Technical Reports

Linear Induction Motor Research Vehicle Wheel/Rail Adhesion Test

  • 01
  • Apr
  • 1976
AUTHOR: R.P. Chen, G.O. D'Shea
SUBJECT: Track/Train Interactions
KEYWORDS: Linear Induction Motor, LIM Research Vehicle, Wheel/rail Adhesion, Surface Transportation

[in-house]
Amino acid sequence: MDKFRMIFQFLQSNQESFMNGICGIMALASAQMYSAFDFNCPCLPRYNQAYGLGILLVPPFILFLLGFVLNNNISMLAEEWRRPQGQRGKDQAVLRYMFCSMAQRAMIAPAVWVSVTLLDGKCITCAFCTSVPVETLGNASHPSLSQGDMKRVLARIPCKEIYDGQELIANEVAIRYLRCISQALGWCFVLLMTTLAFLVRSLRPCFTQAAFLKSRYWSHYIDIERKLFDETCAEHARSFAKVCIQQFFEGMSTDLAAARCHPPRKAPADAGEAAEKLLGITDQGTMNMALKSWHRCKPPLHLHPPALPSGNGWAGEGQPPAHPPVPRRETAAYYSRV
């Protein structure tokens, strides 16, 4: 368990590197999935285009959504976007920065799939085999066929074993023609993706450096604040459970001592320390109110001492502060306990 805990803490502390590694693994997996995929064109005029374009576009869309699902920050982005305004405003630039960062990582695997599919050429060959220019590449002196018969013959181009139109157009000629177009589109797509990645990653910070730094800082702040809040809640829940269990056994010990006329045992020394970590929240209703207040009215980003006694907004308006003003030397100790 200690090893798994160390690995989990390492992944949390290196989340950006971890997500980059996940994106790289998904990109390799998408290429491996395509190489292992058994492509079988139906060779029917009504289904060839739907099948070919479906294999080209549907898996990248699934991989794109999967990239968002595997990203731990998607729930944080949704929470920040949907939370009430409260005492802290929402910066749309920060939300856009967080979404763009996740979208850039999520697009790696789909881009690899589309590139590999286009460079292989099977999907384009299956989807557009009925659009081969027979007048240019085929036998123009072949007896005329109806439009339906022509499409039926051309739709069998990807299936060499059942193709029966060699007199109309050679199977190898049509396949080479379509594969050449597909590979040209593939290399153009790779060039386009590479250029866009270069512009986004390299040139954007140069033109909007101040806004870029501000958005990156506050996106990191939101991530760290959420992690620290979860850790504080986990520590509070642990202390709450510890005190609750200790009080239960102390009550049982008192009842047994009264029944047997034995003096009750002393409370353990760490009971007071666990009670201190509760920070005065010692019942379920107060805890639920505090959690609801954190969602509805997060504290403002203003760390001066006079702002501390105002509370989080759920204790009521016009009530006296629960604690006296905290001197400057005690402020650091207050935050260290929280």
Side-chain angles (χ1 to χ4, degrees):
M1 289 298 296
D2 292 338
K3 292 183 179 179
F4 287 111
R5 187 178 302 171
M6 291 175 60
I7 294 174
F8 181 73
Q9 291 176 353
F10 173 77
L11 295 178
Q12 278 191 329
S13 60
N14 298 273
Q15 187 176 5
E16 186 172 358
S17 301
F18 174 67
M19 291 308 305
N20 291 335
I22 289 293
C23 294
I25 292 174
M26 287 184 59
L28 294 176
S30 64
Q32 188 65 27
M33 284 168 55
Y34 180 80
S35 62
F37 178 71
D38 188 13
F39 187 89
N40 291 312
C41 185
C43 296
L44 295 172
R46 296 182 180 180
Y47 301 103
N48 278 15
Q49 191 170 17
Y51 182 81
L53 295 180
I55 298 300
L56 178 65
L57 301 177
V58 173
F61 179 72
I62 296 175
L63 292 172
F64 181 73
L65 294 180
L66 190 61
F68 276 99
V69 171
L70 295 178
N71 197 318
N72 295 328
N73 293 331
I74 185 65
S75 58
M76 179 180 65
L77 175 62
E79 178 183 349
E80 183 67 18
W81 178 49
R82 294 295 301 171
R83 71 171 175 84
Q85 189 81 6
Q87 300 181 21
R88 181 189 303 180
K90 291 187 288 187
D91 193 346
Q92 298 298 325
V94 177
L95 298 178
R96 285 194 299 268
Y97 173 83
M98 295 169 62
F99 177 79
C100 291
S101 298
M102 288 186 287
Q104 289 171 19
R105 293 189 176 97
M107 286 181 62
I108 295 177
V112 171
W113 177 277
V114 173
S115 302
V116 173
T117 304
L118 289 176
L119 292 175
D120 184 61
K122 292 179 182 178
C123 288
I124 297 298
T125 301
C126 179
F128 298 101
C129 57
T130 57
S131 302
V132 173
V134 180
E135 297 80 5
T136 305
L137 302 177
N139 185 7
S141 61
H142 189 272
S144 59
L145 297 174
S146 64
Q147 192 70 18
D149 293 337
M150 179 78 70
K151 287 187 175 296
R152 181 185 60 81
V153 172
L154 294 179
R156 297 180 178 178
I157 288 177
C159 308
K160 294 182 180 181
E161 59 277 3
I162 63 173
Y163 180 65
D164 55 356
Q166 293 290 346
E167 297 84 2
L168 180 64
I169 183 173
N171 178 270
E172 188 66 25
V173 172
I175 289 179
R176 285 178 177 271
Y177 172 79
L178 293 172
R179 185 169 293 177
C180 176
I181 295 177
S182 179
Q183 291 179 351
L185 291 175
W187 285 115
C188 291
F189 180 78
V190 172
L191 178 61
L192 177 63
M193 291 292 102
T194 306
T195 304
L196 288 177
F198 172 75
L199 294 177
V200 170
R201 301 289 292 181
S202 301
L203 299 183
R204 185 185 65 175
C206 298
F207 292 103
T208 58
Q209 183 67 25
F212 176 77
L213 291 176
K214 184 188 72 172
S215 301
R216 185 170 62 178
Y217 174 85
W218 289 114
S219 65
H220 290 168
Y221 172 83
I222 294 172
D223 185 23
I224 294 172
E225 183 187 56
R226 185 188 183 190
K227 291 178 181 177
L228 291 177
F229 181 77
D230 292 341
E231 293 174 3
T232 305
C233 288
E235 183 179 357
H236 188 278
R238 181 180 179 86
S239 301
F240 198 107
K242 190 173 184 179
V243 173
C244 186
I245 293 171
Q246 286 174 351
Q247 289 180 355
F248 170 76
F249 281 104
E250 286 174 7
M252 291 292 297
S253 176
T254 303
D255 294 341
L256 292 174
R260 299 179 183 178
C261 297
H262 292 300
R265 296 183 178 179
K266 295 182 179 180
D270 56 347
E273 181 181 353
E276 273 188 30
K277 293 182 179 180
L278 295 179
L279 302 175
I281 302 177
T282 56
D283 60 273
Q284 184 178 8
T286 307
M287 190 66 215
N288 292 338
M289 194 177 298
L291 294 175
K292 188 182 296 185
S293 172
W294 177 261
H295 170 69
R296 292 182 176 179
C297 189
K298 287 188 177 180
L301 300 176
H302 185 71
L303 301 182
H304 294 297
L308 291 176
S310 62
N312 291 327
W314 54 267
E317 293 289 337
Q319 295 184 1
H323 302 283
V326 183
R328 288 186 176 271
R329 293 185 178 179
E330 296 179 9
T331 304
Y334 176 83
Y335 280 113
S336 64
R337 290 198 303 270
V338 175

ABSTRACT: A principal factor in the design of effective propulsion and braking systems for new rail transportation equipment is the available adhesion vs speed characteristics of steel-wheel-on-steel-rail vehicles. Objectives of the LIMRV wheel/rail adhesion test were: (1) to obtain, over a wide speed range, empirical data that complements the considerable body of data available from previous low-to-moderate-speed investigations, and (2) to determine the extent of loss of available wheel/rail adhesion with increasing vehicle speed. The results obtained are qualitatively compatible with published data on moderate-speed tests; at high speeds, however, degradation of the attainable adhesion coefficient was not apparent. This test program indicates that wheel/rail adhesion may not limit the maximum safe speed of wheel/rail vehicles to the degree previously assumed. It is also evident that for the LIMRV, which has a higher speed capability and apparently a larger attainable wheel/rail adhesion coefficient than a conventional vehicle, the running rail surface exerts a more pronounced effect on the maximum attainable adhesion than does vehicle speed. The measured adhesion values were greater than expected at the higher speeds, but the maximum attainable adhesion coefficient was not determined because of force limitations of the present braking system. It is therefore believed that further testing of the LIMRV could significantly add to the existing body of knowledge on wheel/rail adhesion, particularly in the area of attainable adhesion vs speed relationships.